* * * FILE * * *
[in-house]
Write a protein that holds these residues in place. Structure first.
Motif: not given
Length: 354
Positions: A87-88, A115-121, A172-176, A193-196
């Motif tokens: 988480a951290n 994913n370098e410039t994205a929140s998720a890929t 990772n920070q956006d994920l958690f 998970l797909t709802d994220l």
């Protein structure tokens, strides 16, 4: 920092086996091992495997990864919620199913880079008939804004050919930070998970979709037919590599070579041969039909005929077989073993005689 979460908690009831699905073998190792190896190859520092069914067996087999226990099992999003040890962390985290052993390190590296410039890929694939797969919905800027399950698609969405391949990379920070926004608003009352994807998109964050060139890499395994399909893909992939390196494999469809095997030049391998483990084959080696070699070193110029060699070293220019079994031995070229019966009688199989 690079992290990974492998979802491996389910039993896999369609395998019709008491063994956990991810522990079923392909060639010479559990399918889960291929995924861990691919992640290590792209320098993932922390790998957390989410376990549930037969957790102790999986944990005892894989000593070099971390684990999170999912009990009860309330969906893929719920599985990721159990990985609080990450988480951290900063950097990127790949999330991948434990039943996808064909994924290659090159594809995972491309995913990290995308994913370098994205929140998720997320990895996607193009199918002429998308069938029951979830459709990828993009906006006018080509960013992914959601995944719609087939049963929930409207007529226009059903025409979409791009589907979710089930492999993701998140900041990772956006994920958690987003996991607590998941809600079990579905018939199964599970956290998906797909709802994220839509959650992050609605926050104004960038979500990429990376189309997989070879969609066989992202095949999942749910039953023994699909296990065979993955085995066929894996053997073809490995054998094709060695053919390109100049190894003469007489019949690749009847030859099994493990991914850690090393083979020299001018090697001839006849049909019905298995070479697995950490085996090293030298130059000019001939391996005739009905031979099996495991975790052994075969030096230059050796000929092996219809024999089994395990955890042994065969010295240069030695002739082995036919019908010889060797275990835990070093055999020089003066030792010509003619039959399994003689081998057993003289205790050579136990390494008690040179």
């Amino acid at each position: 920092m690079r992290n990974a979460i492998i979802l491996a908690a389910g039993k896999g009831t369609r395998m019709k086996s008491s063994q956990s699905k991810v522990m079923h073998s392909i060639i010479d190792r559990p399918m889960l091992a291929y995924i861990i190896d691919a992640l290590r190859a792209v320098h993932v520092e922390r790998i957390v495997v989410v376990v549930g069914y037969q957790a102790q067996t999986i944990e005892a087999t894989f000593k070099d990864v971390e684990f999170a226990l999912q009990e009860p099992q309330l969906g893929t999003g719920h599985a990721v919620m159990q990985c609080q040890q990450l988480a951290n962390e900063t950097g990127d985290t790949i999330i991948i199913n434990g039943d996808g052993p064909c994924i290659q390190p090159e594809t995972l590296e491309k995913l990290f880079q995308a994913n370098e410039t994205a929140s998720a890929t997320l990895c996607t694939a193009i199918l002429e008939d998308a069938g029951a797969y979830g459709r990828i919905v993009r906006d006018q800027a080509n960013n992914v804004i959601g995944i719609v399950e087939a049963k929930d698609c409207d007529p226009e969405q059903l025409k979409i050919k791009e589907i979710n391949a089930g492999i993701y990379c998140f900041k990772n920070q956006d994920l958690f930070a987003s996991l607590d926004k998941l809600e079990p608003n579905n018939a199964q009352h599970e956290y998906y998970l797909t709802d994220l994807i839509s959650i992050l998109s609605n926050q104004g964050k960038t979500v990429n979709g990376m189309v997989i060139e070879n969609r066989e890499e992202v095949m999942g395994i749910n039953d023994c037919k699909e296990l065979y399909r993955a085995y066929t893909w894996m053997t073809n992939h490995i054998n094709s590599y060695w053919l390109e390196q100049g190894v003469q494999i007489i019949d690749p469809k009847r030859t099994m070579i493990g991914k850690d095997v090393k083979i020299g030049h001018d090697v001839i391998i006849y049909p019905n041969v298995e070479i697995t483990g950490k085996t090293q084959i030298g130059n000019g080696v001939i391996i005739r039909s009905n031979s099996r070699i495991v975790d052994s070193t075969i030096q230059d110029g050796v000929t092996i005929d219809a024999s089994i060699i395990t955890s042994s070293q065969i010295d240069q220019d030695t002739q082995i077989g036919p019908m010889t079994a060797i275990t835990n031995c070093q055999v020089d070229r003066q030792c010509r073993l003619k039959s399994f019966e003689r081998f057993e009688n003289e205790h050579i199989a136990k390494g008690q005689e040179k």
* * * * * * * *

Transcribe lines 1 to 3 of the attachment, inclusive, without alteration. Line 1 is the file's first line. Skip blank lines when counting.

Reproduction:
[in-house]
Write a protein that holds these residues in place. Structure first.
Motif: not given